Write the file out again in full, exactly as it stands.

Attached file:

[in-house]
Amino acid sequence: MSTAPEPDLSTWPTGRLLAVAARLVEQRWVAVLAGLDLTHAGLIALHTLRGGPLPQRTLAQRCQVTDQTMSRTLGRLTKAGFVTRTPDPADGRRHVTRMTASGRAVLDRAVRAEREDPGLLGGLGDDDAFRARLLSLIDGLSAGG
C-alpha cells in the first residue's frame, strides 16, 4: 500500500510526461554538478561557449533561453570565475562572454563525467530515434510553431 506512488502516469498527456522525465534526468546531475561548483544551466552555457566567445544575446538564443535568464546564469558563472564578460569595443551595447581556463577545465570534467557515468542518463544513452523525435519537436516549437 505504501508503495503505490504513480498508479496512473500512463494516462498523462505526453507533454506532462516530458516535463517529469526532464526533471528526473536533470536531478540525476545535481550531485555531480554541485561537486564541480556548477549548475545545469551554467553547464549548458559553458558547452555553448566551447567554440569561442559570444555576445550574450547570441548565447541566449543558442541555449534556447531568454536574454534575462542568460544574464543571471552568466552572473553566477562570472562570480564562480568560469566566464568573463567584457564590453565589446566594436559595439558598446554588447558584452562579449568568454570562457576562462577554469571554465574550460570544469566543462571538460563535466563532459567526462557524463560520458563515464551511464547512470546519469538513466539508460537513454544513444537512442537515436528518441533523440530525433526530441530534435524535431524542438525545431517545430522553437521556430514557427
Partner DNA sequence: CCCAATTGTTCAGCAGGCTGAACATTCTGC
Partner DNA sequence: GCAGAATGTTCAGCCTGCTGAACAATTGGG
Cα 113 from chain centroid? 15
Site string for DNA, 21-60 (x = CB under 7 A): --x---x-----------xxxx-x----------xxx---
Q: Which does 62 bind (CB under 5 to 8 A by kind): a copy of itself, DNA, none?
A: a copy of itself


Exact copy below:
[in-house]
Amino acid sequence: MSTAPEPDLSTWPTGRLLAVAARLVEQRWVAVLAGLDLTHAGLIALHTLRGGPLPQRTLAQRCQVTDQTMSRTLGRLTKAGFVTRTPDPADGRRHVTRMTASGRAVLDRAVRAEREDPGLLGGLGDDDAFRARLLSLIDGLSAGG
C-alpha cells in the first residue's frame, strides 16, 4: 500500500510526461554538478561557449533561453570565475562572454563525467530515434510553431 506512488502516469498527456522525465534526468546531475561548483544551466552555457566567445544575446538564443535568464546564469558563472564578460569595443551595447581556463577545465570534467557515468542518463544513452523525435519537436516549437 505504501508503495503505490504513480498508479496512473500512463494516462498523462505526453507533454506532462516530458516535463517529469526532464526533471528526473536533470536531478540525476545535481550531485555531480554541485561537486564541480556548477549548475545545469551554467553547464549548458559553458558547452555553448566551447567554440569561442559570444555576445550574450547570441548565447541566449543558442541555449534556447531568454536574454534575462542568460544574464543571471552568466552572473553566477562570472562570480564562480568560469566566464568573463567584457564590453565589446566594436559595439558598446554588447558584452562579449568568454570562457576562462577554469571554465574550460570544469566543462571538460563535466563532459567526462557524463560520458563515464551511464547512470546519469538513466539508460537513454544513444537512442537515436528518441533523440530525433526530441530534435524535431524542438525545431517545430522553437521556430514557427
Partner DNA sequence: CCCAATTGTTCAGCAGGCTGAACATTCTGC
Partner DNA sequence: GCAGAATGTTCAGCCTGCTGAACAATTGGG
Cα 113 from chain centroid? 15
Site string for DNA, 21-60 (x = CB under 7 A): --x---x-----------xxxx-x----------xxx---
Q: Which does 62 bind (CB under 5 to 8 A by kind): a copy of itself, DNA, none?
A: a copy of itself